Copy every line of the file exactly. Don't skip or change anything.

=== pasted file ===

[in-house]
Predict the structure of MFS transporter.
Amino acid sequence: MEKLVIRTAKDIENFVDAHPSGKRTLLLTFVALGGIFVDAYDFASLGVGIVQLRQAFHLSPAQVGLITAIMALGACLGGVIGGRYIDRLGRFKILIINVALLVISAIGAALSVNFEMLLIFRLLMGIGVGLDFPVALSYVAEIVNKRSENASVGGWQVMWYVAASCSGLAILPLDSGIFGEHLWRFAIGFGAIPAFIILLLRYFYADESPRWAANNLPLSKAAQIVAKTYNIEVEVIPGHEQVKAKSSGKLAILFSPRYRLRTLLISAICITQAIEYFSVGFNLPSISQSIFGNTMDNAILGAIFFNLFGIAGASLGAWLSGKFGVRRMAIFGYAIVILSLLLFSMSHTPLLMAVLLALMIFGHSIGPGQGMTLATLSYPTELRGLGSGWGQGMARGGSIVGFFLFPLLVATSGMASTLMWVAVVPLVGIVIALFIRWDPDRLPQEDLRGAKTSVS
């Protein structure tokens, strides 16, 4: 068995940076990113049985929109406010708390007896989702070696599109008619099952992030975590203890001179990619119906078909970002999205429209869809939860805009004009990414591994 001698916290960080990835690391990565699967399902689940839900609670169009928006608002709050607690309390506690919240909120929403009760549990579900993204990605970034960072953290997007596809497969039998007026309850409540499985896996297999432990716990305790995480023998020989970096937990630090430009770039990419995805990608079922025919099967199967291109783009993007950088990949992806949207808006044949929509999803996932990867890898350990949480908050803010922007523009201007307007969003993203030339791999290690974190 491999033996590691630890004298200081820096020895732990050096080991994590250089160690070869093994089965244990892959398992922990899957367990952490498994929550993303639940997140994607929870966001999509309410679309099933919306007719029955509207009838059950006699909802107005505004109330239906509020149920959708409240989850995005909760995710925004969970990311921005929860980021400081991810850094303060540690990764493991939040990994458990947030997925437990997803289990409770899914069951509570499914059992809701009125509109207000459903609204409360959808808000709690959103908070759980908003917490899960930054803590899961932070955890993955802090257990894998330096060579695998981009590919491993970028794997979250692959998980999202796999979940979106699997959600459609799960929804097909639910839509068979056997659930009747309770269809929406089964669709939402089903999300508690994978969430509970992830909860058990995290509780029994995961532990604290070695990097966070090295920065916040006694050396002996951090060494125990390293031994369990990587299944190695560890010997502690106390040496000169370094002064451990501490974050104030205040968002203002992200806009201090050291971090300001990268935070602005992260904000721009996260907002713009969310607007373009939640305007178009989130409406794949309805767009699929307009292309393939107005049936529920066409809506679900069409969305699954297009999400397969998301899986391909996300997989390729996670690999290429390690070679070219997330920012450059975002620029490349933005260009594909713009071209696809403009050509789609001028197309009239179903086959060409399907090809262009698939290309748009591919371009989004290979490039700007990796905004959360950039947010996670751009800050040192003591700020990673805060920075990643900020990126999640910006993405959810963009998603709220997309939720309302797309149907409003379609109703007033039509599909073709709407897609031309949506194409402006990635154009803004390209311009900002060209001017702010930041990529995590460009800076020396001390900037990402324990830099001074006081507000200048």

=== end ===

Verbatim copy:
[in-house]
Predict the structure of MFS transporter.
Amino acid sequence: MEKLVIRTAKDIENFVDAHPSGKRTLLLTFVALGGIFVDAYDFASLGVGIVQLRQAFHLSPAQVGLITAIMALGACLGGVIGGRYIDRLGRFKILIINVALLVISAIGAALSVNFEMLLIFRLLMGIGVGLDFPVALSYVAEIVNKRSENASVGGWQVMWYVAASCSGLAILPLDSGIFGEHLWRFAIGFGAIPAFIILLLRYFYADESPRWAANNLPLSKAAQIVAKTYNIEVEVIPGHEQVKAKSSGKLAILFSPRYRLRTLLISAICITQAIEYFSVGFNLPSISQSIFGNTMDNAILGAIFFNLFGIAGASLGAWLSGKFGVRRMAIFGYAIVILSLLLFSMSHTPLLMAVLLALMIFGHSIGPGQGMTLATLSYPTELRGLGSGWGQGMARGGSIVGFFLFPLLVATSGMASTLMWVAVVPLVGIVIALFIRWDPDRLPQEDLRGAKTSVS
């Protein structure tokens, strides 16, 4: 068995940076990113049985929109406010708390007896989702070696599109008619099952992030975590203890001179990619119906078909970002999205429209869809939860805009004009990414591994 001698916290960080990835690391990565699967399902689940839900609670169009928006608002709050607690309390506690919240909120929403009760549990579900993204990605970034960072953290997007596809497969039998007026309850409540499985896996297999432990716990305790995480023998020989970096937990630090430009770039990419995805990608079922025919099967199967291109783009993007950088990949992806949207808006044949929509999803996932990867890898350990949480908050803010922007523009201007307007969003993203030339791999290690974190 491999033996590691630890004298200081820096020895732990050096080991994590250089160690070869093994089965244990892959398992922990899957367990952490498994929550993303639940997140994607929870966001999509309410679309099933919306007719029955509207009838059950006699909802107005505004109330239906509020149920959708409240989850995005909760995710925004969970990311921005929860980021400081991810850094303060540690990764493991939040990994458990947030997925437990997803289990409770899914069951509570499914059992809701009125509109207000459903609204409360959808808000709690959103908070759980908003917490899960930054803590899961932070955890993955802090257990894998330096060579695998981009590919491993970028794997979250692959998980999202796999979940979106699997959600459609799960929804097909639910839509068979056997659930009747309770269809929406089964669709939402089903999300508690994978969430509970992830909860058990995290509780029994995961532990604290070695990097966070090295920065916040006694050396002996951090060494125990390293031994369990990587299944190695560890010997502690106390040496000169370094002064451990501490974050104030205040968002203002992200806009201090050291971090300001990268935070602005992260904000721009996260907002713009969310607007373009939640305007178009989130409406794949309805767009699929307009292309393939107005049936529920066409809506679900069409969305699954297009999400397969998301899986391909996300997989390729996670690999290429390690070679070219997330920012450059975002620029490349933005260009594909713009071209696809403009050509789609001028197309009239179903086959060409399907090809262009698939290309748009591919371009989004290979490039700007990796905004959360950039947010996670751009800050040192003591700020990673805060920075990643900020990126999640910006993405959810963009998603709220997309939720309302797309149907409003379609109703007033039509599909073709709407897609031309949506194409402006990635154009803004390209311009900002060209001017702010930041990529995590460009800076020396001390900037990402324990830099001074006081507000200048």